Friday, September 25, 2009
Living in a fishbowl
IT IS SO EASY TO PRESUME THAT WHILE YOUR OWN WORLD HAS GROUND TO AN ABSOLUTE HALT, SO HAS EVERYONE ELSE'S.
~ excerpt from My Sister's Keeper (page 79)
Two years ago I was in the church parking lot waiting for my son, my oldest, my firstborn. Earlier in the day he had been whisked away with a carload of other kids to the church camp about 40 minutes away. I look up to spot my Pastor and his family. They came to relay a message to a non-cell phone carrying person (myself) that my son had been involved in an accident, "A bottle shattered and a piece of glass hit his head, there was a lot of bleeding, he's ok but they think he needs stitched up." His Aunt (who had been up at the camp for the day) was transporting him to a local hospital to get checked out. I tried to remain calm and outwardly act this way for my sanity and for the sake of not looking like an overprotective nervous mom in the presence of others.
I casually called the girls to come to the car from where they were playing on the lawn. From there on it was full speed ahead. Quick stop at home for an insurance card and then wait- stuck in traffic! NO!!!! The thoughts running through my head at that time were numerous and then some. I thought about me, my child, wondered how deep the wound was, was he scared, would my husband make it to the hospital in time to not only be a comfort to Caleb but to me as well? Fainting is more my body's response to blood than being present. The cars were moving but as if in slow motion. I wondered if they knew where I needed to be, if anyone cared that it wasn't a super sale that I was anxious about missing, that it was my son that needed me to be with him! I needed to be with him. My heart was beating out of my chest, willing the cars to move faster.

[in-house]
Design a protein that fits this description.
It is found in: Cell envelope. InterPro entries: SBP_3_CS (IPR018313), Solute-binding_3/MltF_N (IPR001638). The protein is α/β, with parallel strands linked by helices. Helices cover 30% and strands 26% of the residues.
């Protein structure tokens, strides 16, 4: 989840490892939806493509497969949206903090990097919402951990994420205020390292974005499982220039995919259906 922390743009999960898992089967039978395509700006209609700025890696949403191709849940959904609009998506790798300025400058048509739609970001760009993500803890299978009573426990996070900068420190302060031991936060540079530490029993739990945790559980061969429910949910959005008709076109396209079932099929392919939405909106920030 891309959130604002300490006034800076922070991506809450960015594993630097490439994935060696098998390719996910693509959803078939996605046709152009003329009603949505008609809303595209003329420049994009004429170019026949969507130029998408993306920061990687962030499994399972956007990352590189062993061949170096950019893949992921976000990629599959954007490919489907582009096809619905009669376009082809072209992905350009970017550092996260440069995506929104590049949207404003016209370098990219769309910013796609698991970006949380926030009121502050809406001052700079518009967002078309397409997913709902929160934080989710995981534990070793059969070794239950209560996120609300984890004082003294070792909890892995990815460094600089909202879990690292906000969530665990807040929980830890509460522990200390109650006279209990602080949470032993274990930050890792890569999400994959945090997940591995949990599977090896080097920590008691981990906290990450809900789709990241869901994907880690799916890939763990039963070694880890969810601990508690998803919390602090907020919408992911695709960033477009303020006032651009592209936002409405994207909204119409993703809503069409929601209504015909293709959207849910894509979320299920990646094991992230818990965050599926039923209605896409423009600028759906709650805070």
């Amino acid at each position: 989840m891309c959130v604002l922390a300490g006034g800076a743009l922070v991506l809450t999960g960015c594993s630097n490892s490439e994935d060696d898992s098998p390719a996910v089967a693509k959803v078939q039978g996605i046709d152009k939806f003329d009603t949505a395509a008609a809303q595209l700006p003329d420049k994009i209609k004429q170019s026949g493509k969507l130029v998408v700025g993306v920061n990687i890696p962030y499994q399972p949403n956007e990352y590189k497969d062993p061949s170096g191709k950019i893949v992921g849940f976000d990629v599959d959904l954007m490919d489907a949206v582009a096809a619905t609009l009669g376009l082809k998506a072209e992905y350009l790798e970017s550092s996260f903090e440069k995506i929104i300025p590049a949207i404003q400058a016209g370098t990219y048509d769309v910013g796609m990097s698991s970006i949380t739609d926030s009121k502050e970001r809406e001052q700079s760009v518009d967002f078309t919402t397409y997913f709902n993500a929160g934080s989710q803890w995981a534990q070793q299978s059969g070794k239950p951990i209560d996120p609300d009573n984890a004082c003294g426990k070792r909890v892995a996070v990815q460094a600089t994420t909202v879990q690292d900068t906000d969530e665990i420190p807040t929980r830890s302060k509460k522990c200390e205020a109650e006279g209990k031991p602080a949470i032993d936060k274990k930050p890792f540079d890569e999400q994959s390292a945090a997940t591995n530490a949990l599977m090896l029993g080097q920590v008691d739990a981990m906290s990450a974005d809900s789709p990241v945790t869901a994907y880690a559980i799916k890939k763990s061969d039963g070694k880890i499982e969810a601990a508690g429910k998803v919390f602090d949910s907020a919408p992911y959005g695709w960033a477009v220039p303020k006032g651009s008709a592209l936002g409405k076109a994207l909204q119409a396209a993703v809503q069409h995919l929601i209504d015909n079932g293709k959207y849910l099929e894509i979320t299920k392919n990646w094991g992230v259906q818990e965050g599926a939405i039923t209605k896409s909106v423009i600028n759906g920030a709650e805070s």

What seemed like an eternity later I did end up at the hospital- ahead of my son even. Finally, in he comes, head bandaged up with dried blood caked on. He looked like a survivor. He had been crying and I could see the fear in his eyes. But, there was also a calmness about him as well. I knew at that point that life would continue on as normal after this little blip of 7 staples and having to endure wearing a swimming cap for swimming lessons the next week. It could have had a different ending, the glass could have cut deeper, or in his eye. The story would have played out differently than just an afternoon of inconvenience with another scenario.
Since that day I look at people driving along the road differently. I imagine where they are going, what awaits them at their destinations. I think twice when I hear an ambulance and try to put out of my mind the reason for the lights, the sirens. My heart skips a beat when I see the parking lot filled at the funeral home a couple streets over from where we live. It's so easy to get stuck in your own little fishbowl where you deal with only that which affects your personal space. Most of those days are spent dealing with basic survival tactics, taking in what each day brings and learning how to function in that realm. Most of my days are pretty ordinary, basic, transporting my children to their various activities while at the same time there are others living out a not so ordinary day. My normal is not the same as your normal.
I recently watched the movie Lorenzo's Oil for the first time. I was struck by one scene in particular. Children were flooding the streets with uncontained excitement after being bottled up in school all day. Then the scene abruptly shifts to Lorenzo, unable to move, gagging on his own saliva. Right outside his house children were laughing and playing. The irony in it. All day, every day, there are hurts in the world, around us, maybe right next door to us. People living out "abnormal" days, weeks, months, years even while the world goes on as usual. The mail doesn't stop coming just because your life is in crisis mode. I learned this 2 years ago as I raced to the hospital to deal with my not so ordinary day.
Through what happened with my son I learned that I can endure more than I thought I could. My mind went into preservation mode as I was able to take some pictures of him as he waited in the emergency room, blood and all. I also learned that my son will go through some hard things that will strengthen him and open his eyes to the world beyond our fishbowl, which might include pain, to teach him empathy. This was one of those times.